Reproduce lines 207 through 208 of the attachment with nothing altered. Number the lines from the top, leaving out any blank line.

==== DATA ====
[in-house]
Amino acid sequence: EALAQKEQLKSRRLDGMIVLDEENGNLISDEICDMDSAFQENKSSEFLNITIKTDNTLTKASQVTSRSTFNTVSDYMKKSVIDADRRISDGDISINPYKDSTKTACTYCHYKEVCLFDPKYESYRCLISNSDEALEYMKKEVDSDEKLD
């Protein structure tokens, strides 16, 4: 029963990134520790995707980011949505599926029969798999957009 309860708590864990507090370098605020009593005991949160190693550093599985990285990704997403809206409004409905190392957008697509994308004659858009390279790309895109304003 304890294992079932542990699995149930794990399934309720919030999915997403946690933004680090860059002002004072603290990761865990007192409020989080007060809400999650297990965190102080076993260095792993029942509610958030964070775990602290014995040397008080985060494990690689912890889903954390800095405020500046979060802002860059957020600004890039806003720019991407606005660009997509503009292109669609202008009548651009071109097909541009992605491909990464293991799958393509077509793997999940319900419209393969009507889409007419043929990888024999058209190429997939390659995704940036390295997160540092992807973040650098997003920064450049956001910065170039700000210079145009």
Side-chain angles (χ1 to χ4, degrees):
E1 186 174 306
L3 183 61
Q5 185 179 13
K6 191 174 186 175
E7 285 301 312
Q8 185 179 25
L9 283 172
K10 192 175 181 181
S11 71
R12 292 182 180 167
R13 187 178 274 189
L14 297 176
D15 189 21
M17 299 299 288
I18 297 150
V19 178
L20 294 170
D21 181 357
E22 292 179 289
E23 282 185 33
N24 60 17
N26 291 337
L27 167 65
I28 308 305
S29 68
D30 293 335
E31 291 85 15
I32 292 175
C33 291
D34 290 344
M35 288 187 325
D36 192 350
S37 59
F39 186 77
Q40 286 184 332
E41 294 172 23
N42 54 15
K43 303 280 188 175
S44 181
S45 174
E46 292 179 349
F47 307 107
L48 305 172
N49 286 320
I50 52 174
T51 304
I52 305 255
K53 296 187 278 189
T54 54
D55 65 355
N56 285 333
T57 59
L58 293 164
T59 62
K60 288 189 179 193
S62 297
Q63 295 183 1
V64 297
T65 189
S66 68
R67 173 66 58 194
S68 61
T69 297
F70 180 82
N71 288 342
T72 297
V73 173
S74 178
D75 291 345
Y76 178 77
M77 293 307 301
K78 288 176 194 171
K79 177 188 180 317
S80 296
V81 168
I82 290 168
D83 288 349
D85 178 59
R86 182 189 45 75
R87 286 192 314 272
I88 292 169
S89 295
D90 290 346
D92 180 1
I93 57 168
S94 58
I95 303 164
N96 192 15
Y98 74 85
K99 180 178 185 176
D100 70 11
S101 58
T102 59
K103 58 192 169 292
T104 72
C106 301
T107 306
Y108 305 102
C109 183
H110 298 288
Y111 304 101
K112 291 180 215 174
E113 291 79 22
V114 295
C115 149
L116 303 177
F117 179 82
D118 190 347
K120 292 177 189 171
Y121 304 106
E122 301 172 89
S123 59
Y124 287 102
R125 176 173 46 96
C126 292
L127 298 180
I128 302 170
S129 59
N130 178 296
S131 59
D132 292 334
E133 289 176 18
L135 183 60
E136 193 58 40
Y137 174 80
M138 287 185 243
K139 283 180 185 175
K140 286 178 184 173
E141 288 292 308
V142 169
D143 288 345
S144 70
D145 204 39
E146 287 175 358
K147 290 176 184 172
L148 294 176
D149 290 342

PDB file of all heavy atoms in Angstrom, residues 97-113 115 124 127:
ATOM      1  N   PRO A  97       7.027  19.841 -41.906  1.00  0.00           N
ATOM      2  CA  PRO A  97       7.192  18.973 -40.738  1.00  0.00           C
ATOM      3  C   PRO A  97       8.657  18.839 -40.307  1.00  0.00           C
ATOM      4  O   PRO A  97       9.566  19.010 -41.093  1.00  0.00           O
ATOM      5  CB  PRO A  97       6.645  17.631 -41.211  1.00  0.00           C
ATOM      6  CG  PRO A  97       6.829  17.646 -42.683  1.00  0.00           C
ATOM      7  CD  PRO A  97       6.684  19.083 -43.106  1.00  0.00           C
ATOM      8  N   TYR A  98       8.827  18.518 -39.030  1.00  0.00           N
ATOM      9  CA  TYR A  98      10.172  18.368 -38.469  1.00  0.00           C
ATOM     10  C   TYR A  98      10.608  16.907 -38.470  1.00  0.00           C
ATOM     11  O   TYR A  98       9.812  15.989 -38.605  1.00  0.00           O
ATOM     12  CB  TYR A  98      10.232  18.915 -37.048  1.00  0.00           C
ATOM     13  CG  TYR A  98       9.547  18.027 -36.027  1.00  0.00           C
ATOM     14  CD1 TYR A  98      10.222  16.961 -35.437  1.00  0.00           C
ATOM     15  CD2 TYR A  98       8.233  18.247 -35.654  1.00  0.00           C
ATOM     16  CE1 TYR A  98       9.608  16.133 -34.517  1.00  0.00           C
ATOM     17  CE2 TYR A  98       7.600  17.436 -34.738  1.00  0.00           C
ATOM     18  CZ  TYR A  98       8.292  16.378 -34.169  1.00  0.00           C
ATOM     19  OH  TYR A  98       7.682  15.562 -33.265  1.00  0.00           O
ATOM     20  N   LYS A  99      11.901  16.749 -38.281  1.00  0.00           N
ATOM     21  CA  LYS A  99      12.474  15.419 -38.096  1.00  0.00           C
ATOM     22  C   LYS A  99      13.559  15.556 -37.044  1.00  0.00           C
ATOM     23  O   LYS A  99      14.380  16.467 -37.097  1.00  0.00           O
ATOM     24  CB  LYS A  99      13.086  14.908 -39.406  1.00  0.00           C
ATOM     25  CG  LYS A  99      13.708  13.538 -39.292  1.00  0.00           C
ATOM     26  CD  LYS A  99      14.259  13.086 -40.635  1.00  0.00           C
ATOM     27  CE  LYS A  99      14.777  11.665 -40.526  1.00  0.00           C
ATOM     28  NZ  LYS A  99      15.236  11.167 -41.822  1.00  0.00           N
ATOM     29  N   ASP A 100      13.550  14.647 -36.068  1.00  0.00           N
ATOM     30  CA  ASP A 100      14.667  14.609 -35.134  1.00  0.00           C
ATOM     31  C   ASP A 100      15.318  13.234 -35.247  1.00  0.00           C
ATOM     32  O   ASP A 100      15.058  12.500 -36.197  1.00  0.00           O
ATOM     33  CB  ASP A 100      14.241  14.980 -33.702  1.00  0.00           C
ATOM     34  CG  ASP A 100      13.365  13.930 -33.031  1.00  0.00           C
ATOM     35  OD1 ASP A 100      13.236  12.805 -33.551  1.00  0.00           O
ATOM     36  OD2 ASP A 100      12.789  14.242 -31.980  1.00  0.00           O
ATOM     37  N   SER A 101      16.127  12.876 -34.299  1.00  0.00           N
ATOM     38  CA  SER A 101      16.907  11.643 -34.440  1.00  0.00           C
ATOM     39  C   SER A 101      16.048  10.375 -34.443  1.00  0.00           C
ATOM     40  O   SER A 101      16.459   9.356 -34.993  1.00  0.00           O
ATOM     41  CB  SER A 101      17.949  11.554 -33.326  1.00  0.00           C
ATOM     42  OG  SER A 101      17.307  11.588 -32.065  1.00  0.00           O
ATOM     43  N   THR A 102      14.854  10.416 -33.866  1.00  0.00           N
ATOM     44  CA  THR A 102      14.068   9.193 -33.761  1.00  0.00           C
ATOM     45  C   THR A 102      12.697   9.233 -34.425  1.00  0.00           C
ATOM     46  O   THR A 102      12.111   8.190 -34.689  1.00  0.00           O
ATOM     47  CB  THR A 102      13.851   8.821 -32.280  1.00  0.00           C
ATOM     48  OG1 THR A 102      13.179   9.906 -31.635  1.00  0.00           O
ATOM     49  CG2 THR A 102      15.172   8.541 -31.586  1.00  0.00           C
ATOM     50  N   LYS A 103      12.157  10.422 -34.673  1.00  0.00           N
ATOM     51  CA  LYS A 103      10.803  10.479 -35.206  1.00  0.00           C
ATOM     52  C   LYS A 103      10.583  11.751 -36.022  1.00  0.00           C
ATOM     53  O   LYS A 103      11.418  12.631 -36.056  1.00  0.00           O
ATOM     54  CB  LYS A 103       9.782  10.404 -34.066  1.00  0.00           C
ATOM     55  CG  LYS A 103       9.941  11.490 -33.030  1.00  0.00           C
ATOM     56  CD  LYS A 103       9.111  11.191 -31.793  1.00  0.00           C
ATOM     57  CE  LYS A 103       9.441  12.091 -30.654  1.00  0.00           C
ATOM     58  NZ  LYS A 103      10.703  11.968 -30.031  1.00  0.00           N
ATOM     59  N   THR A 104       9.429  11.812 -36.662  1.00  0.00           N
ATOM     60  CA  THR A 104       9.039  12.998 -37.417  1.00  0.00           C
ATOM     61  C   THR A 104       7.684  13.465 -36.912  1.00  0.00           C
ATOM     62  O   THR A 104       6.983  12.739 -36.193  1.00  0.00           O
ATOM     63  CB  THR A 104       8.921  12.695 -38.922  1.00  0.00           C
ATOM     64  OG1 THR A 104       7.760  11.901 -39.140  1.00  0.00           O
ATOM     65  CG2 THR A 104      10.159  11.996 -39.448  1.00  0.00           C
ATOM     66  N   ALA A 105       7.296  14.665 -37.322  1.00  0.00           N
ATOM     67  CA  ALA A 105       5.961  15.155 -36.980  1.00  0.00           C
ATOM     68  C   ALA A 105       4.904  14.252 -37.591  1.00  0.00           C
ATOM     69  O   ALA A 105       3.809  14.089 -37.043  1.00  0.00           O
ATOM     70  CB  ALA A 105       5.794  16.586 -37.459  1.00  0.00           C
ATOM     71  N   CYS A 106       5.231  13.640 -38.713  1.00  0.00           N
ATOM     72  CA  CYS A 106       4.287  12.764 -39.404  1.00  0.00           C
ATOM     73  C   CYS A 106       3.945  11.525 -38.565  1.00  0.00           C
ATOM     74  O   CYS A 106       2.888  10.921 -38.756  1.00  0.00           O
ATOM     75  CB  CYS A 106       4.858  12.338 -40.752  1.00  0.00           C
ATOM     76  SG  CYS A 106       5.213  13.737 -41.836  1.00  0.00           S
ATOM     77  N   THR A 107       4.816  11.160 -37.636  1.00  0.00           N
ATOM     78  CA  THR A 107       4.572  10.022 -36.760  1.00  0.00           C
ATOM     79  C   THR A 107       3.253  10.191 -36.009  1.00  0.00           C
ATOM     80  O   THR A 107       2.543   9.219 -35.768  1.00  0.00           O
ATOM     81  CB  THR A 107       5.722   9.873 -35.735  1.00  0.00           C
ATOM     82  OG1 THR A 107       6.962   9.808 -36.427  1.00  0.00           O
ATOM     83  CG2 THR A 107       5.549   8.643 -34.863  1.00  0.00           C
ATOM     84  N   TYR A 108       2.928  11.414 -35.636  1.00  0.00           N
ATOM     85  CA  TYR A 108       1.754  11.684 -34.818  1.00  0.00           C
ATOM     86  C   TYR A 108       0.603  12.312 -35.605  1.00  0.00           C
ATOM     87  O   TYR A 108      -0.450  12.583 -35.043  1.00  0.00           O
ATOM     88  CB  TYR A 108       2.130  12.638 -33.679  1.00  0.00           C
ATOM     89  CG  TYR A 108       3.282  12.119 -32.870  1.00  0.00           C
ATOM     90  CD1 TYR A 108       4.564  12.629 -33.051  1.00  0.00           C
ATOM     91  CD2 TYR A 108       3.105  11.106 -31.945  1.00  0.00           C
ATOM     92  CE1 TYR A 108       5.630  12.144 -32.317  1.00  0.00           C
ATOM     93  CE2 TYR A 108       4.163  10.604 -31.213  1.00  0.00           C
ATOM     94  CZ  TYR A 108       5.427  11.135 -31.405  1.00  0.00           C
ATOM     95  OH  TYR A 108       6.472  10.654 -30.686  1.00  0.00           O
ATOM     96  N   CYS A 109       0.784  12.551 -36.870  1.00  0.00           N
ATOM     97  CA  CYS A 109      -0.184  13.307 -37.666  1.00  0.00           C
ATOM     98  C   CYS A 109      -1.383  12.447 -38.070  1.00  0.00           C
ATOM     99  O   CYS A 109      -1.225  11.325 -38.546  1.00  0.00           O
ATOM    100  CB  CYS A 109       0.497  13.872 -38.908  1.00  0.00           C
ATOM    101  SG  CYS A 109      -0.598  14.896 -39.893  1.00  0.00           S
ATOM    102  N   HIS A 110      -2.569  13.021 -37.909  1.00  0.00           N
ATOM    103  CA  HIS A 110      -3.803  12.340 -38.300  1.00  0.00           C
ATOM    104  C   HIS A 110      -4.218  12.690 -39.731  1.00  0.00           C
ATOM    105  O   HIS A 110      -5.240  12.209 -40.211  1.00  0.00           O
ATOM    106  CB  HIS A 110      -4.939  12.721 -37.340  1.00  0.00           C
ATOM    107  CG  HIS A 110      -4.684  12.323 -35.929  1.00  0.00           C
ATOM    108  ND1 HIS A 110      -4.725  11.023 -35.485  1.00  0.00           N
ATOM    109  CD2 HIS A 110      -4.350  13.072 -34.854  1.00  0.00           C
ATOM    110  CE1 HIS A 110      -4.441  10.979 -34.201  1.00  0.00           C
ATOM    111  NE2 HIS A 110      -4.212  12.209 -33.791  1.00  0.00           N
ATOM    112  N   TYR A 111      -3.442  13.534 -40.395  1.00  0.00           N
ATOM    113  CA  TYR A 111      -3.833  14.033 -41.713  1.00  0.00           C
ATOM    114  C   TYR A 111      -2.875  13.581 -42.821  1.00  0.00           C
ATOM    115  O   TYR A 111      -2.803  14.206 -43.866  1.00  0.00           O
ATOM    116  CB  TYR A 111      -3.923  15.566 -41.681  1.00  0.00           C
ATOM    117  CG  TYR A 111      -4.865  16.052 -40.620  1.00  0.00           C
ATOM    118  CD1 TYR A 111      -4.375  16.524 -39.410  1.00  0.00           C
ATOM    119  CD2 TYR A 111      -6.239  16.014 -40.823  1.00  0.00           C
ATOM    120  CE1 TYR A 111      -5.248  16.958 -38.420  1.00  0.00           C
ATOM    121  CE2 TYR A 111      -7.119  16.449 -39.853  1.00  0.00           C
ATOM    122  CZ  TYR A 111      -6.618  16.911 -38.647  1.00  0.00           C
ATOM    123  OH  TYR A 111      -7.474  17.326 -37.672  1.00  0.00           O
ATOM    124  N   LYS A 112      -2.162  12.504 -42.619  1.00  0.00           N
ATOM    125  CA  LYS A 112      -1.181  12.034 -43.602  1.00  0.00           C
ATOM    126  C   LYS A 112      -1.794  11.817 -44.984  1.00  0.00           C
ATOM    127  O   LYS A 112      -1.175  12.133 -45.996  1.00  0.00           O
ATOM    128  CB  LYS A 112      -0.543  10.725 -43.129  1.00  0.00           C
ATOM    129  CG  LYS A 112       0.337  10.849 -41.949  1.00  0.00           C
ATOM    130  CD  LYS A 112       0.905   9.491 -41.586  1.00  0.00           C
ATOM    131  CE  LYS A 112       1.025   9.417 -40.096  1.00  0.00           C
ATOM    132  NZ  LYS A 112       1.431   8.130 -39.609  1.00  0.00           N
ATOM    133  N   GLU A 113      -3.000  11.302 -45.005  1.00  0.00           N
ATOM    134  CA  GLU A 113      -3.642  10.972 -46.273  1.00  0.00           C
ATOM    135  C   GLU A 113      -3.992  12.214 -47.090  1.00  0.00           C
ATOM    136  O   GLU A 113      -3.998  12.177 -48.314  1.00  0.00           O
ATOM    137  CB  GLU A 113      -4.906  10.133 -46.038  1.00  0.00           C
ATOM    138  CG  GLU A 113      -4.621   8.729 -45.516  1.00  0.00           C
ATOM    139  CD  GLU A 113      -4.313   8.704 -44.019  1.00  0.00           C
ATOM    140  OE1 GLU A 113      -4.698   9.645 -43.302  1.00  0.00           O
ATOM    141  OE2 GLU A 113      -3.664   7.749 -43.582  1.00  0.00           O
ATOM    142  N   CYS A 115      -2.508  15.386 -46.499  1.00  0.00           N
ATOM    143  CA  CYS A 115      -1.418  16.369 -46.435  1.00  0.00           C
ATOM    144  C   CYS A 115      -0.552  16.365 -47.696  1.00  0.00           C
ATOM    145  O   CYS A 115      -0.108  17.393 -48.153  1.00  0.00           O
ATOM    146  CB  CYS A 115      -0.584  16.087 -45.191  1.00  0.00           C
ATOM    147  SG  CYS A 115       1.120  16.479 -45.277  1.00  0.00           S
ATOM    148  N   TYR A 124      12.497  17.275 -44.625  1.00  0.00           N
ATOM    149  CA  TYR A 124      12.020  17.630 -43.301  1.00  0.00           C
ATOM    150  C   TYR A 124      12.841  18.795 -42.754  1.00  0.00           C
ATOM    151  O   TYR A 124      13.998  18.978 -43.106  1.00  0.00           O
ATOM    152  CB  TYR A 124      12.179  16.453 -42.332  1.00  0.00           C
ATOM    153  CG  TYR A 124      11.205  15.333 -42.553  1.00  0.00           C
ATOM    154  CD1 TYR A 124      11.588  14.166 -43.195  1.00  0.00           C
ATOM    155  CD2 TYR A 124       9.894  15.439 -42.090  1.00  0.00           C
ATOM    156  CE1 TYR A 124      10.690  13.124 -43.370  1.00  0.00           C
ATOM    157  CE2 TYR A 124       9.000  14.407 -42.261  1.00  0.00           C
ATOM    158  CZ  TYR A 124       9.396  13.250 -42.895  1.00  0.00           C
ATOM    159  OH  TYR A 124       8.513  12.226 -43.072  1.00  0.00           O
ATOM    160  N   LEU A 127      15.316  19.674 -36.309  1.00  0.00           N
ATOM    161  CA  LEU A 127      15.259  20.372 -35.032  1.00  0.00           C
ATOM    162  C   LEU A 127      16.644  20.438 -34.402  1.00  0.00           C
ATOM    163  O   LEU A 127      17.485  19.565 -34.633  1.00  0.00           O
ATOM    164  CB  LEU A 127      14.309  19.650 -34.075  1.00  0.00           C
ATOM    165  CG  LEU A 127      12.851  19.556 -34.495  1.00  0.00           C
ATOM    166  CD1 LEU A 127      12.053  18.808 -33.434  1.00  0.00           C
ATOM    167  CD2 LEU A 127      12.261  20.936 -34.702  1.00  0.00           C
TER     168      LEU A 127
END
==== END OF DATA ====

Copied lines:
ATOM     65  CG2 THR A 104      10.159  11.996 -39.448  1.00  0.00           C
ATOM     66  N   ALA A 105       7.296  14.665 -37.322  1.00  0.00           N